Bid & Tender
IOCL's Paradip Refinery May Start Commercial Operations in March 2016

Date : Oct 29, 2015

Indian Oil Corp, India's top refiner, is expected to start commercial operation at its new 300,000 barrels per day (bpd) Paradip refinery around March 2016, a top executive said.


When the refinery reaches full capacity, it could temporarily cut the refiner's dependence on gasoline imports, said Mathew C George, Chief Manager of Petrochemicals-Exports. "We have already taken the crude in. Commercial operation will most probably be in March 2016," he said at the sidelines of Downstream Asia, an annual event held in Singapore. "We are running into a gasoline shortage and it is compounded by the fact that India will move into Euro V and Euro VI (gasoline specifications)."


India, which has some of the world's most polluted cities, trails mature markets in the emission rules it follows. While the big cities follow what are known as Bharat Stage IV norms that are the equivalent of Euro IV controls, smaller cities follow Bharat Stage III. Europe currently follows stricter Euro VI norms.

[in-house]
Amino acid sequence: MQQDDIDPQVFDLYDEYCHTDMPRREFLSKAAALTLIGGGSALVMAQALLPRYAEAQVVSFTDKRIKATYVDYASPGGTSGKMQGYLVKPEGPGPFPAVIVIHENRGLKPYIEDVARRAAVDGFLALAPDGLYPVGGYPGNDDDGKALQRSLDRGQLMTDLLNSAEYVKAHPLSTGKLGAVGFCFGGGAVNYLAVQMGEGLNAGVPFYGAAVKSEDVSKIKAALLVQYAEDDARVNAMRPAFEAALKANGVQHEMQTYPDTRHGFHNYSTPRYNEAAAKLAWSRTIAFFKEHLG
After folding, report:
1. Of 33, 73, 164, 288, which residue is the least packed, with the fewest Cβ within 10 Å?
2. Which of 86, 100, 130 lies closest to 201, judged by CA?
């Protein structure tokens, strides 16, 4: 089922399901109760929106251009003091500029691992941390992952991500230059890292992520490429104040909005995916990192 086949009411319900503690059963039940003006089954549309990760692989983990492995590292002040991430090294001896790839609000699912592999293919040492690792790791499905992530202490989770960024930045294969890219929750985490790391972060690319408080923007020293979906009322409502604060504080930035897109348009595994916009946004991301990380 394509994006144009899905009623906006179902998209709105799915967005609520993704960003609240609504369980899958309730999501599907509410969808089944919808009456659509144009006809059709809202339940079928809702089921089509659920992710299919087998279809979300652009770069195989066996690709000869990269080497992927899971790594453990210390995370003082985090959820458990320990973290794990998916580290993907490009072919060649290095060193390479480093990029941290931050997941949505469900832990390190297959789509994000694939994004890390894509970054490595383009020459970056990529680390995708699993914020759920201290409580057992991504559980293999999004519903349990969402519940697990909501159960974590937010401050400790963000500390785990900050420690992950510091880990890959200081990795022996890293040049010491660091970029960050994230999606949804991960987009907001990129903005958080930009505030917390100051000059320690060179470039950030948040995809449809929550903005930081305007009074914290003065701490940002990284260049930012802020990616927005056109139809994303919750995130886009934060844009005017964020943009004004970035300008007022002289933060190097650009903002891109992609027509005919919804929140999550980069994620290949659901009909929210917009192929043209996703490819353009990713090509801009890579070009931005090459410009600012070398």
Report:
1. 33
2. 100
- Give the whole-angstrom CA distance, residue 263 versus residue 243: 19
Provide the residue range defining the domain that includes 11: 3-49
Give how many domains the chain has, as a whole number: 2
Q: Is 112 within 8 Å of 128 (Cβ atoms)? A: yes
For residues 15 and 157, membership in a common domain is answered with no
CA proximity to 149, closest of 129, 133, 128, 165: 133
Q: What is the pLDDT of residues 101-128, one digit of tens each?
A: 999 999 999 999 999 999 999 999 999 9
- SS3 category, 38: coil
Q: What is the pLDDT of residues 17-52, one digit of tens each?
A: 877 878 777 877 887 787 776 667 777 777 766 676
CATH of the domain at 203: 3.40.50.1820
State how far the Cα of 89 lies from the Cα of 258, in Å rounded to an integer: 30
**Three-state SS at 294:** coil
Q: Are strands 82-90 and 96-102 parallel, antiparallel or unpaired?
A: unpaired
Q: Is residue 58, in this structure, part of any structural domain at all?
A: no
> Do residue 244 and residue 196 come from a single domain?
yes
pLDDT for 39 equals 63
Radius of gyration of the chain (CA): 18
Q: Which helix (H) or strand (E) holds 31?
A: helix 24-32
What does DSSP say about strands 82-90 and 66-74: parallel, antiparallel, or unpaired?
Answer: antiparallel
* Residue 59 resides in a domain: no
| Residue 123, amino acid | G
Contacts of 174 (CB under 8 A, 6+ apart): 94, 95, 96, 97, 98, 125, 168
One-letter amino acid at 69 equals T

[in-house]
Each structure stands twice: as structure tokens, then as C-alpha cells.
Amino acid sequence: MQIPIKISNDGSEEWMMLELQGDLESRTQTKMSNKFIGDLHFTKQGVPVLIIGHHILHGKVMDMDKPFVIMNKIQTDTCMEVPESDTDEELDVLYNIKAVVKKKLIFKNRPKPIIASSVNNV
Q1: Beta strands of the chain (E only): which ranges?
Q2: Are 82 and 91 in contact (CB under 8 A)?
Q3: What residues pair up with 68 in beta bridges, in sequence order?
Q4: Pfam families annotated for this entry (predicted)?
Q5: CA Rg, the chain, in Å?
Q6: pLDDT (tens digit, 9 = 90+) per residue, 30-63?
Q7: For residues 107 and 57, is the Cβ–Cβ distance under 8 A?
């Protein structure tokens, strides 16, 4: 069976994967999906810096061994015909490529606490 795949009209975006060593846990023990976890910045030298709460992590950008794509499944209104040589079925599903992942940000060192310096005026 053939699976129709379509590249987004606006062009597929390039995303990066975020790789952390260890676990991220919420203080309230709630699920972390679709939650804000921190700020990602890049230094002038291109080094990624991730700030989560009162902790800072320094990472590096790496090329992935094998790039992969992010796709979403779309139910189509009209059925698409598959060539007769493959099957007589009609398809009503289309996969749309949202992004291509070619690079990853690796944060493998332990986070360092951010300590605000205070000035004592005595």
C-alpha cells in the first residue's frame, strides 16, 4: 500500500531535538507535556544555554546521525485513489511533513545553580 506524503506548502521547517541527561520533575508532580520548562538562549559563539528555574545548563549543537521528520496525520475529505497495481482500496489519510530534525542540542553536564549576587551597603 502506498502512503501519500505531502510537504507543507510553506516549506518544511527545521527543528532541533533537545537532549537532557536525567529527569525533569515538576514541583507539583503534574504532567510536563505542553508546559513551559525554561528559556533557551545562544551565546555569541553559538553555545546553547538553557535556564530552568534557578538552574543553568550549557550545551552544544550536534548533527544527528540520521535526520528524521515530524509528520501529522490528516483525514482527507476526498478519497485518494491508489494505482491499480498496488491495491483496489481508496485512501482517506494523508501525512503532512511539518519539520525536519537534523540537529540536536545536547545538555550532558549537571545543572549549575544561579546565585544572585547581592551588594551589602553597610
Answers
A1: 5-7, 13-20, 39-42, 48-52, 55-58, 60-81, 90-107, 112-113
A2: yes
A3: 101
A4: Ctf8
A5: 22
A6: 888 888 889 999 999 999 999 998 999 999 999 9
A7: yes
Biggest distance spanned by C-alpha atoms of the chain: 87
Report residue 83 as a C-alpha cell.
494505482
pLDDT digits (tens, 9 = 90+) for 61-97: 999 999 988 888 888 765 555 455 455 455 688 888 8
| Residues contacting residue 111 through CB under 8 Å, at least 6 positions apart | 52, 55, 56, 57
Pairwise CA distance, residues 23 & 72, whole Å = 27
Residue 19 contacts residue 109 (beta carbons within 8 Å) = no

When the Paradip refinery hits full capacity, IOC would cut its gasoline imports but that would last a year or a year-and-a-half, after which it would have to rely on imports again as demand would outgrew its supplies, said George.


India has surplus refining capacity, mainly because of Reliance Industries and Essar Oil, but IOC on its own is lacking in gasoline supplies for now and importing the fuel is more economical. IOC was not a regular gasoline importer until February this year. It has sought over 900,000 tons of gasoline for March to December delivery to various ports including Kochi and Paradip Gasoline demand in the country has risen after a cut in diesel subsidies increased the attractiveness of petrol cars.


IOC also operates a naphtha cracker in Panipat which has a capacity of more than 800,000 tons of ethylene a year. It is currently running at full capacity, said George. The unit consumes over 2 million tons of naphtha produced at IOC's Gujarat, Mathura and Panipat plants. "Ultimately, we've got to do something with all that naphtha. Being a crude-oriented economy, you will produce naphtha whether you like it or not."